As the treasurer lauds supply-side economics, a once-controversial recovery theory is gaining traction.This is the essence of modern monetary theory – that government budgeting is nothing like household or business budgeting, for the simple reason that government can create money.
In November of last year, the notorious self-described “pick-up artist” Julien Blanc visited Australia on a seminar tour to teach men his ways, which mainly include lessons on how to treat women like objects – things
to be got and then dropped.
Blanc’s Melbourne talk was originally slated to take place at a luxury hotel, but was forced to relocate after thousands spoke out against his misogynistic dating tactics using the hashtag #takedownjulienblanc.
The action in this short comic book by cartoonist David Blumenstein – in its second printing, due to its popularity – takes place largely during the night of Blanc’s foiled seminar, whereby protesters effected the abandoning of a private river cruise to which Blanc and his crew had sneakily moved the seminar. As publisher Pikitia Press describes it, Blumenstein’s “playfully drawn true account of one evening introduces you to the people on both sides of the protest line”.
And playful it is, to a fault. Blumenstein portrays himself as someone caught naively in the middle of the situation, when in fact we read that he had deliberately plonked himself there, clicking through from a news story about Blanc’s visit to the resident American’s site and signing himself up for the seminar. The reason for doing so, he tells his wife, is that he’s only “interested to see what kind of guys turn up”. It would be more interesting for readers, and provocative, especially in a story where the author is the central character, if we were given more insight into Blumenstein’s reasoning for turning up.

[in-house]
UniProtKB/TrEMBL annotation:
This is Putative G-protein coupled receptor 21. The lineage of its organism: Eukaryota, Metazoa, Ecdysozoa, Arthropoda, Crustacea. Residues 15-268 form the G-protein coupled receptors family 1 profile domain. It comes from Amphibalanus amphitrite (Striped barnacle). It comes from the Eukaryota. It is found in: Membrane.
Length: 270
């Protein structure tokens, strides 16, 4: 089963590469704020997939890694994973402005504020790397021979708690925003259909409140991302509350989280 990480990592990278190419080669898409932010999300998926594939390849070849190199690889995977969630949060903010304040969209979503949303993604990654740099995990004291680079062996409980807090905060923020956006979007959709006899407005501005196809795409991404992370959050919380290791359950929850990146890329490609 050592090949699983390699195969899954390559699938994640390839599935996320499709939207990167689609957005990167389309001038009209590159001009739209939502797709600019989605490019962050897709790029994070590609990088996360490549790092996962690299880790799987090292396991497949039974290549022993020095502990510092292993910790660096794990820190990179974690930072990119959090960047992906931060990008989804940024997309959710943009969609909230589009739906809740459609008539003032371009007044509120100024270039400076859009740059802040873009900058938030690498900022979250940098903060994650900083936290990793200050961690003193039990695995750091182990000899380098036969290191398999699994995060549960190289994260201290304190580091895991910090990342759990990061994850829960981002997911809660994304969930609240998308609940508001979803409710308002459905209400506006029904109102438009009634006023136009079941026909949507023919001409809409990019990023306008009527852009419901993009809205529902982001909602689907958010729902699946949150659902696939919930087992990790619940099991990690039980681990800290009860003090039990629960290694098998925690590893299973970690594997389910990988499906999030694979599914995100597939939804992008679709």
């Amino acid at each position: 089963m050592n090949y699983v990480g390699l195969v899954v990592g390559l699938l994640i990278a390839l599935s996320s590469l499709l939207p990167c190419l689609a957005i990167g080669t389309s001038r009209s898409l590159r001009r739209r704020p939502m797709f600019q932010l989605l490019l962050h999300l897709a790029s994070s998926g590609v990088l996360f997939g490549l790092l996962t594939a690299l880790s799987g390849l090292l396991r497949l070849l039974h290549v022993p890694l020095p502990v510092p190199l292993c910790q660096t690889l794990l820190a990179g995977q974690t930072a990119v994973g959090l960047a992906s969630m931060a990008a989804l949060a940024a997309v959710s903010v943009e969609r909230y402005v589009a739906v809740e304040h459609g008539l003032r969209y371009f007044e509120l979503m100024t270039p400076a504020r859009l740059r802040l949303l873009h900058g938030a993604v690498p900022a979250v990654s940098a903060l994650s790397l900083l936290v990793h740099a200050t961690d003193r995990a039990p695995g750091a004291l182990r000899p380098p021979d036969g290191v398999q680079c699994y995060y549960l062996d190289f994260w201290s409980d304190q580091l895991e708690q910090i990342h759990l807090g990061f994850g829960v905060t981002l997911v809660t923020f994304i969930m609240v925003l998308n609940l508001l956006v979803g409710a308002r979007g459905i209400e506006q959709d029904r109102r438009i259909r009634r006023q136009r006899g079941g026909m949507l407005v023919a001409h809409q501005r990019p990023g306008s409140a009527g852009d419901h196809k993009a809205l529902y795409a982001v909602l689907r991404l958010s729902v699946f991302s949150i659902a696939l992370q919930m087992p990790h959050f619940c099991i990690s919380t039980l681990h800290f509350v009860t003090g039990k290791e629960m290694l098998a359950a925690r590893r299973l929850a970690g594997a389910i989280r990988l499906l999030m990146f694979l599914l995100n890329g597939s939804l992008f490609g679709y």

By far the most interesting sequence of #takedown flows along the pages where Blumenstein’s character discusses the matters at hand – Blanc, “pick-up artists” in general, and the men who attend versus the folks who dissent – with the protester Jenny (a pseudonym; all people’s names and likenesses have been changed). It is here where some of the nuances of the issues are fleshed out, even if only for a few panels. It’s a shame then when the story is cut short, even if only to stay true to how events actually played out.
Blumenstein’s visual style is simple. His characters are always cartoonish – as he puts it himself in the short introduction, “I’ve given everyone no hands or feet and a perfectly round head.” In addition to its warm limited palette of salmon and burnt sienna, #takedown is ultimately a bit too sanguine for the subject matter at its heart. TW
Pikitia Press, 40pp, $10
This article was first published in the print edition of The Saturday Paper on Jun 20, 2015 as "David Blumenstein, #takedown".
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